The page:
It was not glamorous. It would not have been something worthy of posting on social media. We weren't wearing fancy clothes, hashtags were unheard of, and if we weren't already late enough, my then Fiancee made me repeat after him in the parking lot, "Divorce is not an option." I said it real quick because I was afraid they would lock the doors, and we'd have to wait until Monday before we could make it official. He asked me to say it like I meant it. Over and over, I repeated the words, "Divorce is not an option."

This was important to him because we were both by-products of divorce. He loved me and knew early on that I was going to be his wife, but like so many young men feared the unknown. He didn't want to get married before graduating from college. He didn't want to marry until he could afford to buy a home. He didn't want to marry until he had secured his dream job, and most of all, he didn't want our relationship to end in divorce. He was very vocal about what he didn't want as I internalized what I wanted.

Simply stated, I wanted to be married. I wanted to be his wife. I wanted to share the same last name as my son. I wanted to stop coming up with creative ways to explain why we were still engaged. I wanted to be free from the shame, condemnation, and frustration of things not going as I had previously planned.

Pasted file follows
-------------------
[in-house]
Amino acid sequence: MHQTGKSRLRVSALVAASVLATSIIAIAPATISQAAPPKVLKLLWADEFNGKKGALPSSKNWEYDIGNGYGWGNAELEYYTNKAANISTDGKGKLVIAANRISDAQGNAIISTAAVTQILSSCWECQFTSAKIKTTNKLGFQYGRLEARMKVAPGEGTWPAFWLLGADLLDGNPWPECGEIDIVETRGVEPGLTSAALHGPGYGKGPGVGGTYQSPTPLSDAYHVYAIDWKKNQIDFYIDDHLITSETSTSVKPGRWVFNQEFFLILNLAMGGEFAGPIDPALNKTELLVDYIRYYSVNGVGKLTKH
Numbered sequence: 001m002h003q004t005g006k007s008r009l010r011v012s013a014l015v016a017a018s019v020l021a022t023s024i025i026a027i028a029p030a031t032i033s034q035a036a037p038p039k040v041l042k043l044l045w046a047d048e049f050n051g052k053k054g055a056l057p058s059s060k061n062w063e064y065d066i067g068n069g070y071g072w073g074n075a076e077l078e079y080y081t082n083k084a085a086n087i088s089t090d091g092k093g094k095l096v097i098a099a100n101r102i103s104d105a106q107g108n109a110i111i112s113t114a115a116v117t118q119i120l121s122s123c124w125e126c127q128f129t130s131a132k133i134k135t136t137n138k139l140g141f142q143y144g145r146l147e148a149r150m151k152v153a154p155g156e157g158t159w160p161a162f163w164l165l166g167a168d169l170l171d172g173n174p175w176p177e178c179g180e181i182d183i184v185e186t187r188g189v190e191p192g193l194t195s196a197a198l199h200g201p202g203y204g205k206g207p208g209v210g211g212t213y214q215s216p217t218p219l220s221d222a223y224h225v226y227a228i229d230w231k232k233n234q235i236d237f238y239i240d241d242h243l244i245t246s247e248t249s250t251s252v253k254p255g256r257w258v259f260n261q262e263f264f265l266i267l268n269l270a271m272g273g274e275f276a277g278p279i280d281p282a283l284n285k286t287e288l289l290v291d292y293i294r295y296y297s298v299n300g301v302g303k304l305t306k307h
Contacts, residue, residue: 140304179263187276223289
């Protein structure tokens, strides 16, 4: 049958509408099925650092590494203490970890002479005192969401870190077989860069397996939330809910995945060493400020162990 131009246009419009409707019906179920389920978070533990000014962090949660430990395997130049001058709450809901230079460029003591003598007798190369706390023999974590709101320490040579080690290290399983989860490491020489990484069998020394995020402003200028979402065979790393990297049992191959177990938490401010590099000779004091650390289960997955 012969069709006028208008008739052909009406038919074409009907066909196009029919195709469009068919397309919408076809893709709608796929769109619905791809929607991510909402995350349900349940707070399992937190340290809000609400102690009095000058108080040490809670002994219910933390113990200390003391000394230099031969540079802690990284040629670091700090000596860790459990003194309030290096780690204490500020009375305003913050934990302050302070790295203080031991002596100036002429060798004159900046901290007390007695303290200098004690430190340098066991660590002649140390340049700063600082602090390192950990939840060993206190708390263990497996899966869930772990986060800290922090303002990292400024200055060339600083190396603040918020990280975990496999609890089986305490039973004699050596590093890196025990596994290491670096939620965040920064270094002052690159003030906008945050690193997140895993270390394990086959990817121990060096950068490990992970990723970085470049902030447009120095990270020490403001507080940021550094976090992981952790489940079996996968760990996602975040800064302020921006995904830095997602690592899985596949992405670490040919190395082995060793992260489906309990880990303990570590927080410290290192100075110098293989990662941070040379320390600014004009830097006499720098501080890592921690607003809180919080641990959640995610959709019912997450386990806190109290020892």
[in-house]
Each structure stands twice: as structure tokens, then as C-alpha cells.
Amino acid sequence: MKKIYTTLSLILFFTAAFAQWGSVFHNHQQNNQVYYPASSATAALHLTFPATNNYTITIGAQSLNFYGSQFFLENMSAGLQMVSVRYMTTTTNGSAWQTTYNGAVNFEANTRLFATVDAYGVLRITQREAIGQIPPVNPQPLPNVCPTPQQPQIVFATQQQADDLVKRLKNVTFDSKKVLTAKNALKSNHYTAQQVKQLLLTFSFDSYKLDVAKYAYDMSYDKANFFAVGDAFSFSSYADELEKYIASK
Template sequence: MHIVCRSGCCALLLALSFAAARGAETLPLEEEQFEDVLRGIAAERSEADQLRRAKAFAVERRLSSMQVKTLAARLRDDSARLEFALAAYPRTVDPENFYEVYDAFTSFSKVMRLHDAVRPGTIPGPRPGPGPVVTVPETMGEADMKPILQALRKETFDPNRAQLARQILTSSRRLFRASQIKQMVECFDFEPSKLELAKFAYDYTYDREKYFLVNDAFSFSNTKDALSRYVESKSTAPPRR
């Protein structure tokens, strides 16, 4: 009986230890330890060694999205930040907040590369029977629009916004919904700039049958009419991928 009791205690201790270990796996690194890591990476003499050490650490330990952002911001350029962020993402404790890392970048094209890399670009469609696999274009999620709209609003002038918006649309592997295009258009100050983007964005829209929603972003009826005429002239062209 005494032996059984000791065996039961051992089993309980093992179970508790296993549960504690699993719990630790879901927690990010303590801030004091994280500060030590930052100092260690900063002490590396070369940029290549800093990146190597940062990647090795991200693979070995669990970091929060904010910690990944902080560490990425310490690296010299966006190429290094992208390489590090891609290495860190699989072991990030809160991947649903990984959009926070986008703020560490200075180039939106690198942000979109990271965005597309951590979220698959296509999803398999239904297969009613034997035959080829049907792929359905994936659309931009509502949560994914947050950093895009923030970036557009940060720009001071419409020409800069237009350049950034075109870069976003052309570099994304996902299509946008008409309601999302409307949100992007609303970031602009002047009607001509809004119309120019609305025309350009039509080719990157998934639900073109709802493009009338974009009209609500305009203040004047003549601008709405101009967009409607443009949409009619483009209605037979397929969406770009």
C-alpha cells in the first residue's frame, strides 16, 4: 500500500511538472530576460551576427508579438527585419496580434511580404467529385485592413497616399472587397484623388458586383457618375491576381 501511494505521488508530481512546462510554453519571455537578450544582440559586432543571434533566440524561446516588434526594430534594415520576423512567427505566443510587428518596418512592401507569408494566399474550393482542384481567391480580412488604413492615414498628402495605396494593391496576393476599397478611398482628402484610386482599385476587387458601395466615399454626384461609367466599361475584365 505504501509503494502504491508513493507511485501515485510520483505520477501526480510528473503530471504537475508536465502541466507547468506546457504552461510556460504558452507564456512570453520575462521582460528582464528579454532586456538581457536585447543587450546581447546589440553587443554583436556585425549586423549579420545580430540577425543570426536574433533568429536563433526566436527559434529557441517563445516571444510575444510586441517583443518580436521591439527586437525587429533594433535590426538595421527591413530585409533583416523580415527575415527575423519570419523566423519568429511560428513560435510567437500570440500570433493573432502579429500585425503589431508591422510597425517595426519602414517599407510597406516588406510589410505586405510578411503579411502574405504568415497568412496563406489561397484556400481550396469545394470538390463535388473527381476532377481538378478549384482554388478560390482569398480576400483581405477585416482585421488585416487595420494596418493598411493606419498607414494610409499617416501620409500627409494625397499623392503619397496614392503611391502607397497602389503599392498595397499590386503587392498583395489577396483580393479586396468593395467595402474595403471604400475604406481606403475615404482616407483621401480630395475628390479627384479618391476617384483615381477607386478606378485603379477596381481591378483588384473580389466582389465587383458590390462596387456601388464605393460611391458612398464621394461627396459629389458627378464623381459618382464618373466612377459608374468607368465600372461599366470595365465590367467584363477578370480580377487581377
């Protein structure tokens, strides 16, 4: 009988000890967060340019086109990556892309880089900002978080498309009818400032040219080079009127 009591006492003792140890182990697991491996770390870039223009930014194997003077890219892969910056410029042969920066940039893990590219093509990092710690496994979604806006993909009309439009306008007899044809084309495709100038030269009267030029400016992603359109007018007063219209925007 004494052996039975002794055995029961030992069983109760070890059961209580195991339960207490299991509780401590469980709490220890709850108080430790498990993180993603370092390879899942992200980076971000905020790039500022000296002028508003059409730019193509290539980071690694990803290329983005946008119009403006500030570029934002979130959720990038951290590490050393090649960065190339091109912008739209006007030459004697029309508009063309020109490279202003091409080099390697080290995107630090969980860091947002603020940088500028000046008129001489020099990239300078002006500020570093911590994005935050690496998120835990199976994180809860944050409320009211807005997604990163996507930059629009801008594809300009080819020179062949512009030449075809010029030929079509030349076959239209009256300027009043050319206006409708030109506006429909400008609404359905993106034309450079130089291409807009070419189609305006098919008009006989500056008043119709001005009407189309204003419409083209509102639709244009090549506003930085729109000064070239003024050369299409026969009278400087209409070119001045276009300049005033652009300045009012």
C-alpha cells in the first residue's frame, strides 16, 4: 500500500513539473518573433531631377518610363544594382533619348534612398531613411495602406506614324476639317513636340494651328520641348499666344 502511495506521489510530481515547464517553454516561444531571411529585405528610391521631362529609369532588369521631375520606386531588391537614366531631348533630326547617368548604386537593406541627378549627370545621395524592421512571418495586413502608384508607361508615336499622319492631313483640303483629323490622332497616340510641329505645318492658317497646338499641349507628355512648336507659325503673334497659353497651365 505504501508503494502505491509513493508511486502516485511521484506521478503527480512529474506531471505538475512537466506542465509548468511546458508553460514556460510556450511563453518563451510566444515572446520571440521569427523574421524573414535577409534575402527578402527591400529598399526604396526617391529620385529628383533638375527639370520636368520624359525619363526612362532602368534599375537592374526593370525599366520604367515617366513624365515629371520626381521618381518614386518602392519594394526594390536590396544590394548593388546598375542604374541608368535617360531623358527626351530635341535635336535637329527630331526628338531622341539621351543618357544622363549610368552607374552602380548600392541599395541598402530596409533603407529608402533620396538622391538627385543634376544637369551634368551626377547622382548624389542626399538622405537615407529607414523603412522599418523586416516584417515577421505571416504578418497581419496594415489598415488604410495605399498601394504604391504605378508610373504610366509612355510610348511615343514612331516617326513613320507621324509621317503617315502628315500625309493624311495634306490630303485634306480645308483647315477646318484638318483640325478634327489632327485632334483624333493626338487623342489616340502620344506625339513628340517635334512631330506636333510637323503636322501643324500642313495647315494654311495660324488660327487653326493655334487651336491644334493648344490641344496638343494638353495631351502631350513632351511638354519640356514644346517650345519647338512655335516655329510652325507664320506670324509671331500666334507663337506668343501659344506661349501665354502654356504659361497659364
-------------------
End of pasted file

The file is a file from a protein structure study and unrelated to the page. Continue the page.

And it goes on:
I relinquished my dream of being a barefoot bride and settled for being his courthouse queen. I was relieved that after all the prayers, tears, conversations, and fears, we were officially becoming husband and wife. After I finished repeating, "divorce is not an option" after him in the parking lot, and we finished repeating after the judge in the courthouse, my greatest desire since 1993 had come true. I was officially "Mrs. Melvin Poplar Jr." All I needed was a photo to commemorate the occasion.

Old Soul Ross Photography